The process to pass Wisconsin's two-year budget has been nothing if not unpredictable.
Less than a week ago, the Assembly was set to take up the budget first, and the fate of efforts to change the state's prevailing wage laws was unclear.
But Tuesday, with less than 24 hours' notice, the Senate is in session, set to take up the budget, a prevailing wage package, a 6 percent raise for state troopers and a new compensation plan for other state workers.
"We got the votes," said Sen. Frank Lasee, R-De Pere, whose prevailing wage package would repeal the law for all local government projects. "I think we got the votes, and that's why we're moving forward and moving first."
Senate Republicans are expected to introduce Lasee's proposal as an amendment to the budget. Lasee said he expects one or two GOP senators to vote against his plan and against the budget as a whole, but that he believes both have enough votes to pass on Tuesday.
It's unclear how the proposal will fare in the Assembly, but Lasee was optimistic about its chances and said the Senate vote will put pressure on the other chamber to act.
"Assembly leadership had been saying that we were the weaker house, that we wouldn’t be able to pass this reform or any real meaningful reform. They offered a much weaker package, but we are able to pass this and I think we’ll see that today," Lasee said.
Lasee said thinks his plan offers a "strong compromise."
"It's a good reform package," he said. "It moves the ball forward and I think it's going to have real benefit to property taxpayers and to small business owners."
There is no question Democrats will vote against both the prevailing wage changes — which they say will lower wages for workers — and the budget in its entirety.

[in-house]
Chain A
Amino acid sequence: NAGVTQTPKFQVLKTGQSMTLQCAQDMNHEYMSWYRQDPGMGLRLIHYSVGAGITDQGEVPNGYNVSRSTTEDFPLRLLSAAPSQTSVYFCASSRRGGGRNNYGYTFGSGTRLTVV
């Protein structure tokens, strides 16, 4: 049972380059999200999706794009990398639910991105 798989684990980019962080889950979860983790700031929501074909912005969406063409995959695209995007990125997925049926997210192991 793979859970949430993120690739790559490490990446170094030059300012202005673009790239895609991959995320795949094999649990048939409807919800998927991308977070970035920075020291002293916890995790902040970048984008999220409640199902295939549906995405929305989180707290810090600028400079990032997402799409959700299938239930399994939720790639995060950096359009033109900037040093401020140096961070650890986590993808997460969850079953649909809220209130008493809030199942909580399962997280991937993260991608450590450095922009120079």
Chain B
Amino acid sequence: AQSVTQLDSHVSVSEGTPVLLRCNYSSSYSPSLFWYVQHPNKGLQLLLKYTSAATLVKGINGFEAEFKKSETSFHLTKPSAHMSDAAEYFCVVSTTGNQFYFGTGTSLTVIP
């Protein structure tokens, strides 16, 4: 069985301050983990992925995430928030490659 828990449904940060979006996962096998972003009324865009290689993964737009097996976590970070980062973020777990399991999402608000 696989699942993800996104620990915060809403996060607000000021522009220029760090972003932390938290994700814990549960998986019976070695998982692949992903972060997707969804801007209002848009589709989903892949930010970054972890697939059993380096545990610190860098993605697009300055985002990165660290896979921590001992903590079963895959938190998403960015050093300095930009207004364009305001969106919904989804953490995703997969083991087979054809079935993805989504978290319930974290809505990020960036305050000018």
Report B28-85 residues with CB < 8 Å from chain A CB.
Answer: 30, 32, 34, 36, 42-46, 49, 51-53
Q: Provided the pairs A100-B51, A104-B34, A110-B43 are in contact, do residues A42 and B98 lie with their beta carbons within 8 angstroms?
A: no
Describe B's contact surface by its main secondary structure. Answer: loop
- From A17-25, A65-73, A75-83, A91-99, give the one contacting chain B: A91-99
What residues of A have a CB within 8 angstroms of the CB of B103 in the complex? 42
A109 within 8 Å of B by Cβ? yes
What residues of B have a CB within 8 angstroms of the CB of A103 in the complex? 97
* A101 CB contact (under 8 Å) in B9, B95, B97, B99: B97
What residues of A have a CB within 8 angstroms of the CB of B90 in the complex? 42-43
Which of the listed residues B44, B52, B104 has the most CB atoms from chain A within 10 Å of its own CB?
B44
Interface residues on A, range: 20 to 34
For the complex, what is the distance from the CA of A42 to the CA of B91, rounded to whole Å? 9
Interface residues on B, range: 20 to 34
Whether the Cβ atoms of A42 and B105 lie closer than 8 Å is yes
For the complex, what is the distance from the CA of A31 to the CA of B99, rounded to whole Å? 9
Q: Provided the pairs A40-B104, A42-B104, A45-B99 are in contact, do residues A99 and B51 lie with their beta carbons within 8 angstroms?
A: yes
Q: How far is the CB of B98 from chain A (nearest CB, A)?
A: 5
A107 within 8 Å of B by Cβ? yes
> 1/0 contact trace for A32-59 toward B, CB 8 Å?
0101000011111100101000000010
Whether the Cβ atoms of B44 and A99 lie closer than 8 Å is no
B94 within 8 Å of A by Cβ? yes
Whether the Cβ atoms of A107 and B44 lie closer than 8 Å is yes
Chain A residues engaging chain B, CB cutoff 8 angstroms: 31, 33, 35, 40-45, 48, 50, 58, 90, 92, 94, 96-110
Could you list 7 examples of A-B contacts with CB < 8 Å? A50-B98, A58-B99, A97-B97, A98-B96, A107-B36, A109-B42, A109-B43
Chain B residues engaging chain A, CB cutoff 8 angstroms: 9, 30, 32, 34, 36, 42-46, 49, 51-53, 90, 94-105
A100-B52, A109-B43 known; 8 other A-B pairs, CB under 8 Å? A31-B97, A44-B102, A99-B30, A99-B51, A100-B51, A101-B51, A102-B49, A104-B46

Senate Minority Leader Jennifer Shilling, D-La Crosse, slammed the document in advance of the session with Joint Finance Committee members Sens. Jon Erpenbach, D-Middleton, and Lena Taylor, D-Milwaukee.
"This budget was carefully crafted for one person who happens to be running for president," Shilling said. "It does nothing to invest in Wisconsin's best resources, and that is its people."
Republicans are expected to introduce a handful of other changes to the budget, including two controversial items approved by the Joint Finance Committee late last week.
Lasee said it's his understanding that Republicans will abandon proposed changes to the board overseeing state's retirement system, which would have left the board completely made up of state lawmakers. Lasee, a co-chair of the committee, said he things the change would be a bad idea in the long-term.
A group of proposals that would gut the state's open records laws, passed by the Republican majority on a party-line vote, is to be entirely removed, according to Republican leadership.
Erpenbach was skeptical prior to the start of the session, noting that Democrats hadn't yet seen a fix from Republicans. He said it's no coincidence the changes were introduced the same day Walker registered his candidacy with the Federal Election Commission.
"There is a direct connection there," Erpenbach said.
When pushed to give a timeline for his presidential announcement, Gov. Scott Walker has said for months that he won’t announce a decision about his intentions until after the state budget is complete.
With Walker set to announce his candidacy for president on July 13, could that deadline still be met?
Like Kevin Garnett once said, "Anything is possible."